TRANSPARENCY, education and hospitality all come together to form the guiding mission behind the new 18,000 sq. ft. dining and conference facility that is going up at Fair Oaks Farms in Fair Oaks, Ind.
Fair Oaks Farms is committed to educating the public about modern farming efforts and also to protecting the environment, caring for the animals and ensuring the highest-quality products possible.
When it opens this July, The Farmhouse Restaurant at Fair Oaks Farms will provide guests with a one-of-a-kind opportunity not only to see how and where their food is produced but also to see it being prepared and then enjoy it on their plates.
"We are truly striving to provide a farm-to-table experience like no other," Carl Bruggemeier, the creator and managing partner of the restaurant, told Feedstuffs in a private tour last month.
Bruggemeier, who started in the culinary world as a meat cutter, has more than 35 years of management experience, primarily in the hospitality industry.
He has brought more than 50 restaurants and retail stores to life. In the past, when he opened a new establishment, Bruggemeier said he ran it for a year or so and then turned it over to others.
The Farmhouse, though, is a bit different in that he is a vested partner and plans to personally stay involved with the restaurant long term.
Enthusiastic about the possibilities Fair Oaks Farms offers — from exposure to the farm's visitors and those traveling on Interstate 65 between Chicago, Ind., and Indianapolis, Ind. — Bruggemeier is particularly keen to be able to share the complete farm-to-food story.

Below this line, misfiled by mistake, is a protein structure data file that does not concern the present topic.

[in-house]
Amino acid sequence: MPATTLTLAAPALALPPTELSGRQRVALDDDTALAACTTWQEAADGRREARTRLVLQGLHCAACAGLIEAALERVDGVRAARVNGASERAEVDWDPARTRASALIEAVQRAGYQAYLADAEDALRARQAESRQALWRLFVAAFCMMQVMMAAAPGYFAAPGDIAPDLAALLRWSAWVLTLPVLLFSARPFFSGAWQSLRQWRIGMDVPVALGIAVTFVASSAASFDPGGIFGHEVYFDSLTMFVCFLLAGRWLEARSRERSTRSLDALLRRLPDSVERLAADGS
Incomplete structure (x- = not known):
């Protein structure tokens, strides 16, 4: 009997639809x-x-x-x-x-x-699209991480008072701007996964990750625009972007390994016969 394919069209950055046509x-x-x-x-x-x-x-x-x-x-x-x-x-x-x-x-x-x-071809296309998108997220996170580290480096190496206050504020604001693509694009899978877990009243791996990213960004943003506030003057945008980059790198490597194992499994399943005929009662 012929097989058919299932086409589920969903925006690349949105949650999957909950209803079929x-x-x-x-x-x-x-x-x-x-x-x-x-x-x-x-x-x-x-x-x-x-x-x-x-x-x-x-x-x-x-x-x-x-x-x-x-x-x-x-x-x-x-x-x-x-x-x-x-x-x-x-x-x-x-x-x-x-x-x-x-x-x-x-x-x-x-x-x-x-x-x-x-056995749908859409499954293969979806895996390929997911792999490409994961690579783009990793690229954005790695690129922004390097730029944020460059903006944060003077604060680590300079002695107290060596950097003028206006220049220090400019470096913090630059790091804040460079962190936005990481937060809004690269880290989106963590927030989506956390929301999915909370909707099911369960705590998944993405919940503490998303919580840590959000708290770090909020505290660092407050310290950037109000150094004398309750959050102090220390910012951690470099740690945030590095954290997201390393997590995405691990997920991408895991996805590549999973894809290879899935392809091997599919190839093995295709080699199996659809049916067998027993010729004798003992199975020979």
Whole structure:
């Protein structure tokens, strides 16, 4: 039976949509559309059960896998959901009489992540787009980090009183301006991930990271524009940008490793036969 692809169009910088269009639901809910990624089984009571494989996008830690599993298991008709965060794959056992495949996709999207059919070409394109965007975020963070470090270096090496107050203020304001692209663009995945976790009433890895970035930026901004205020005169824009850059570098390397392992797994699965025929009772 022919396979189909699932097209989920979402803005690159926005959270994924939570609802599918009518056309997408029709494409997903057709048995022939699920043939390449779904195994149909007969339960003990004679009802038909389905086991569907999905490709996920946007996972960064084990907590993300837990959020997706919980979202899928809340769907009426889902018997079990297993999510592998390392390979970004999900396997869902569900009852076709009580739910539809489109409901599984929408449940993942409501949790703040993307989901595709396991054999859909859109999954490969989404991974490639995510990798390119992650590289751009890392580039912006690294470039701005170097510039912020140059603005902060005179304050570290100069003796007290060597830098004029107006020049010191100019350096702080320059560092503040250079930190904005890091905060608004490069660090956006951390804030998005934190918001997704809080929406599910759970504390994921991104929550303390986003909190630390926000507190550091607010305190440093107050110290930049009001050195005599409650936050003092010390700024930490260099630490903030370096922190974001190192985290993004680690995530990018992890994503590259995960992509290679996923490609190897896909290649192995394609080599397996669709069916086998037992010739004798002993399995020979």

He said that is definitely something he very much believes in, but he also is frustrated by the misleading use of the farm-to-table term in culinary circles. Too many restaurants tout their fare as being "local," but dig a little deeper, and sometimes it turns out that it means nothing more than having a lady down the block deliver a handful of garden-grown herbs each morning.
"They find one or two producers of local product and then go to the public and claim, 'Our restaurant is farm to table.' Those who come to our table will know for certain just where the food they are being served came from," he said of The Farmhouse.
Nonetheless, Bruggemeier realizes that seasonality and geography can create some limitations. He also realizes that it will take time to ramp up his overall commitment to locally produced foods. Ultimately, he said he wants 80% of the food served at The Farmhouse, as well as the 3,000 sq. ft. bakery and farmers market nearby, to be sourced locally.
Bruggemeier and his team will visit all of their suppliers on a regular basis. "We won't serve a product we don't know everything about," he said, noting that he has absolutely no concerns over how food is produced today or its safety.
Guests at The Farmhouse also will be able to watch first-hand as their food is prepared. The kitchen has been designed specifically with a wall of glass that opens to the dining area. Tours of the kitchen will be available before 11 a.m. and between 3 and 5 p.m. each day for small groups of 10 or so.
Those seated in the chef's dining room during meal hours will be able to go into the kitchen during the preparation of their meal. Bruggemeier said he expects that The Farmhouse will employ 35 culinary specialists, not counting servers and others.
"Our kitchen is our stage. Our chefs are the actors. Our diners are our audience. Each day, we will have a matinee and dinner show," Bruggemeier said.
On the back of every menu at The Farmhouse will be "the story."
"We just believe in transparency to the extreme," Bruggemeier said, and part of what we want to achieve is to educate along the way and hopefully change the perception consumers have of the modern food system.
He added that he wants guests to come to the farm to learn about food production, visit The Farmhouse to consume a meal and then visit the combined bakery and farmers market to take the experience home with them.
"See it. Taste it. Take it home. It is an experience that doesn't exist anywhere else," Bruggemeier said.